Alongside your interview, you may have to perform some tasks to prove you walk the walk, as well as talk the talk.
Tasks will vary from job to job as each employer will develop a series of exercises specific to its recruiting needs. Here’s a few of the most common:
You should be well versed in presentations after your years at university and college, so approach this in the same manner. When preparing, think through your presentation logically, make sure the subject matter you choose addresses the task/question asked and keep the specified audience in mind. You may be given this task ahead of your interview, so make sure to ask if you will be presenting to a single interviewer or a group and if you should bring your presentation on a USB or if you will be expected to bring your own laptop.
When presenting, show that you can put information across to other people clearly, confidently and concisely. It’s also a good idea to support your ideas and themes with anecdotes, examples, statistics and facts. Aim for a conversational delivery, using brief notes or bullet points, rather than memorising and reciting, or reading from a prepared sheet. Try to establish eye contact with everyone around you and speak clearly, take your time and don't rush through your delivery.
An in-tray exercise is a paper-based simulation used to assess the ability of potential employees as part of the selection process. You will be presented with a business-related scenario, accompanied by a list of related tasks including telephone calls, emails, dealing with complaints and creating reports. You are then tasked with prioritising each task in accordance to its importance, providing reasons why you have chosen this order.
Our tips for success include reading through everything before you start so that you fully understand what is required, make note of any deadlines which will affect how you prioritise each task and manage your time carefully.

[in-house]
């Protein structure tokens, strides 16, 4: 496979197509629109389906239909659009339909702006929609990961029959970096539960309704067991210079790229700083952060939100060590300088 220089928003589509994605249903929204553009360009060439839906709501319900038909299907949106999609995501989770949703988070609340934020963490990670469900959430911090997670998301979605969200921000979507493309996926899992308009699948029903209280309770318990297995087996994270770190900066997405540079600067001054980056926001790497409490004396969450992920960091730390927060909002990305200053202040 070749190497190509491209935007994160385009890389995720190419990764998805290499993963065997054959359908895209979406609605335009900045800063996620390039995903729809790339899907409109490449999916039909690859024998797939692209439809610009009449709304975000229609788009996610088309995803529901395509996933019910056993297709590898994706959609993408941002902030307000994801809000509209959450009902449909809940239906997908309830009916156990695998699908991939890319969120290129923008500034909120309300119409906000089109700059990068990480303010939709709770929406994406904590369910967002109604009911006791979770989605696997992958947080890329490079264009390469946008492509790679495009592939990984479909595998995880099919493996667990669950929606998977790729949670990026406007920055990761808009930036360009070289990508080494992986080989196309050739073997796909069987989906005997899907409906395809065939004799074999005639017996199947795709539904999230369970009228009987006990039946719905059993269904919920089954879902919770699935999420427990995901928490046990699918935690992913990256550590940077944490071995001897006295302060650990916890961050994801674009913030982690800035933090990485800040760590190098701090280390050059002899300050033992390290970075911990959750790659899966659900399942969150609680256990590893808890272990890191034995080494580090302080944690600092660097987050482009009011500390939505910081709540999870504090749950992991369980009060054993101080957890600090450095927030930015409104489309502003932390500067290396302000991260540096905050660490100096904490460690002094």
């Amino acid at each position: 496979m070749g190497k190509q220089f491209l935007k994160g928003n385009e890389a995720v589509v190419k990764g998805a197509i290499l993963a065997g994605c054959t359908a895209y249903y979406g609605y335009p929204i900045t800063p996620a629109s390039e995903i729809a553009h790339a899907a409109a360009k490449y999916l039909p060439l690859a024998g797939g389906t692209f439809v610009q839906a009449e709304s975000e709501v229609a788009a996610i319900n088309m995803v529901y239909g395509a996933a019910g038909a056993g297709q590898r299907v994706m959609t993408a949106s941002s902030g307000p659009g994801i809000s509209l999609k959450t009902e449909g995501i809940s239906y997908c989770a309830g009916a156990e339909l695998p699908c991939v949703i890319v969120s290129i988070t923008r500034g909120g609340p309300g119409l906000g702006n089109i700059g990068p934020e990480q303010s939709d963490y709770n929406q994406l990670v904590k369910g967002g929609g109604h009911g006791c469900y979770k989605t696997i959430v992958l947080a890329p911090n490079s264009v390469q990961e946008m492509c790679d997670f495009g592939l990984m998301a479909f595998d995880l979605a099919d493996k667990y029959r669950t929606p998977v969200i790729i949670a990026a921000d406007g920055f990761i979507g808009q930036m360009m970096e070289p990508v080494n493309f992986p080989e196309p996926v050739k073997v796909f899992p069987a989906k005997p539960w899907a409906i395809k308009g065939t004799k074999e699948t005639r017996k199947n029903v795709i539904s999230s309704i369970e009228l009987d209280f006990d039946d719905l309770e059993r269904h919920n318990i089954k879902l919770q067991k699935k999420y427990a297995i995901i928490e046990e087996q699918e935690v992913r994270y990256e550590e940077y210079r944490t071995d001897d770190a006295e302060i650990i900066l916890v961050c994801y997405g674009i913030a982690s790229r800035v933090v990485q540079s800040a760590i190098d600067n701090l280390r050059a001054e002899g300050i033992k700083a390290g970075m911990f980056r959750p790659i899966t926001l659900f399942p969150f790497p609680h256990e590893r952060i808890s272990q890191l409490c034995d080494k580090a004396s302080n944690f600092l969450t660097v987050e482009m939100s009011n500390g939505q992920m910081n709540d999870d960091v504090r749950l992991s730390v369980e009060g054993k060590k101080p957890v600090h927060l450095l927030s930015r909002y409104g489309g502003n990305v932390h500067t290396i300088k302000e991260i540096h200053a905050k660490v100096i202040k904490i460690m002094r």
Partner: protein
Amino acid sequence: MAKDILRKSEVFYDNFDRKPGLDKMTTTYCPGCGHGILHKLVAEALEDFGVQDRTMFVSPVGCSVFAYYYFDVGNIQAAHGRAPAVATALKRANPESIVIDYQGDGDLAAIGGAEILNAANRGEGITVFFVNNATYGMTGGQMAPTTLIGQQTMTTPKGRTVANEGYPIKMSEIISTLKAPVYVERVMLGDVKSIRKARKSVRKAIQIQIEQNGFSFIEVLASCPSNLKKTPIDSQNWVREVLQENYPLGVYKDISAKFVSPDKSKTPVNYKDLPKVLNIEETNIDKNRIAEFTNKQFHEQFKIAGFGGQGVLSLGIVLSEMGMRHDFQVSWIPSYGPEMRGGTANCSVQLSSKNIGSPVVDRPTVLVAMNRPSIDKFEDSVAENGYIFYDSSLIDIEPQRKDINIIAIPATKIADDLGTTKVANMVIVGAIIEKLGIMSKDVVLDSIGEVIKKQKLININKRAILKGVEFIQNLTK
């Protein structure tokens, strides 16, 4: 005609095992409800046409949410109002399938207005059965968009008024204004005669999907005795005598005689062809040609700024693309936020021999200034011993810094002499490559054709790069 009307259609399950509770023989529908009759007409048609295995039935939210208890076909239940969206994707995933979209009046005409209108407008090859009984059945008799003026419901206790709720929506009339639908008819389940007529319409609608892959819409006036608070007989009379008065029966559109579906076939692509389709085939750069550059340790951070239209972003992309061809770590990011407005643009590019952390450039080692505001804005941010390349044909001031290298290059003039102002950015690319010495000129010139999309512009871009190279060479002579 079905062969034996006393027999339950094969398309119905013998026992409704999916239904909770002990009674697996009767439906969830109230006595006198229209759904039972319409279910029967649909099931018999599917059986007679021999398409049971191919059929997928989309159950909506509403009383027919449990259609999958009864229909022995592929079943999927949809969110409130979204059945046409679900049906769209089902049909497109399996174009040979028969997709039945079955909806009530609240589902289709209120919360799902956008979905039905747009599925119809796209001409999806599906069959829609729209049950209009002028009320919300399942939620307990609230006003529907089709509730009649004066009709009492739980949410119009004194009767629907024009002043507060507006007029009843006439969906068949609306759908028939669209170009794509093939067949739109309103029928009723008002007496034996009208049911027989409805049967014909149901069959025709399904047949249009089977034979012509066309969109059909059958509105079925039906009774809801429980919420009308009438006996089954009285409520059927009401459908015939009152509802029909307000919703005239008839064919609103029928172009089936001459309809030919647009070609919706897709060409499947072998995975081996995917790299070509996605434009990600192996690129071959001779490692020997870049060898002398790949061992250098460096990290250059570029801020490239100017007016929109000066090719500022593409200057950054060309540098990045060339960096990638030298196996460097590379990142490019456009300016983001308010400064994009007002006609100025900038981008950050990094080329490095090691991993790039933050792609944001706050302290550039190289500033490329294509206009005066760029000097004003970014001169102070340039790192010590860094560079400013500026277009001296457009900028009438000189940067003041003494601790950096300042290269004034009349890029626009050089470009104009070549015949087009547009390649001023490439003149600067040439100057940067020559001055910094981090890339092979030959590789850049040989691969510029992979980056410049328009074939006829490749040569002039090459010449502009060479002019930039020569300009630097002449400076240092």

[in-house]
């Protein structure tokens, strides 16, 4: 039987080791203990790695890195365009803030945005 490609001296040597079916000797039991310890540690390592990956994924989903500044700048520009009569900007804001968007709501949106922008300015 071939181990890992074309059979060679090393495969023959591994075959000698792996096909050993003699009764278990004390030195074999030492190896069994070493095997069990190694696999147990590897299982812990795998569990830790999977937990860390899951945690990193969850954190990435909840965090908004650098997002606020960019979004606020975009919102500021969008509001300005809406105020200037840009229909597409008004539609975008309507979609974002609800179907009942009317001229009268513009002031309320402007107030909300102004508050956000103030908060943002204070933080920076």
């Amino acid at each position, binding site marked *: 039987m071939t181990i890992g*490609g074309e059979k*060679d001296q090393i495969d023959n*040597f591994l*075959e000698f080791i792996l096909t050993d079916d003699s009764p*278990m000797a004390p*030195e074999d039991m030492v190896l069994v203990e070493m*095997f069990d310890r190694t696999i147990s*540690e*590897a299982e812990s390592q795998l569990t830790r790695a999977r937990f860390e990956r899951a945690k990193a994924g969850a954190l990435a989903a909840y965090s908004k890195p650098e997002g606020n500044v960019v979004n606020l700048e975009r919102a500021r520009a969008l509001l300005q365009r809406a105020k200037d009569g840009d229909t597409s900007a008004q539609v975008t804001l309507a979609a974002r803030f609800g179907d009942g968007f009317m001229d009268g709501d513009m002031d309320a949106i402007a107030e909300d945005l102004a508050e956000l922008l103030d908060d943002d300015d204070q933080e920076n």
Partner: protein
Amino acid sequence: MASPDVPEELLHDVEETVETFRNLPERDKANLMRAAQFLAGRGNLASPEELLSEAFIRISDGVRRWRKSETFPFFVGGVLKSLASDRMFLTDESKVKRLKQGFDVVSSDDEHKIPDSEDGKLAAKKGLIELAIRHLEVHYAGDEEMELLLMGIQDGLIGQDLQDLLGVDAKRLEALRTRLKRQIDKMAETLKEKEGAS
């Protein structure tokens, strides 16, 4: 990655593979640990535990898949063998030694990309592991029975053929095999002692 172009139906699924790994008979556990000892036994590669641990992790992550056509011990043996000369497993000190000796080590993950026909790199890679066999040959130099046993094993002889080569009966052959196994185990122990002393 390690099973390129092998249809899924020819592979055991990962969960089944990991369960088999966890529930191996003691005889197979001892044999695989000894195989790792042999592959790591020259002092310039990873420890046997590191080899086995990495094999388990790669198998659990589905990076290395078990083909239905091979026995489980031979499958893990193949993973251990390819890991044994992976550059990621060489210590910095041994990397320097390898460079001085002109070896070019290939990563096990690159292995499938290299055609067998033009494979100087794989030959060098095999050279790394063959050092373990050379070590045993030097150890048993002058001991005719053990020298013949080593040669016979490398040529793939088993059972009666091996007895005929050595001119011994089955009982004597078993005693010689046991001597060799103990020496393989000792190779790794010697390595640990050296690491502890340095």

Your new role may involve creating and using spreadsheets to manage data, therefore the test will examine if you have the relevant Excel skills. The task may be multiple choice, where you will have to answer a series of questions, or interactive, where you will have to follow instructions and show your working. Prepare for this by reminding yourself of the Microsoft Excel programme, and memorising simple formulae such as SUM, AVERAGE and COUNT as well as formatting tools and referencing.
Your employer may use a written exercise to assess a combination of your comprehension skills, your ability to structure a letter, essay or argument, your note taking ability and your written communication skills including simple grammar and spelling. You will usually be given information to read and possibly a time limit to produce your work. Read everything you’ve been given, ask questions if you’re able to and take your time, keeping the objective at the forefront of your mind.
This is not an exhaustive list of the tasks you may face, but with anything, preparation is key and have faith in your abilities - you’ve got this far for a reason! Take your time, and get stuck in.
For more information and the chance to book practise exercises, speak to your Careers Service.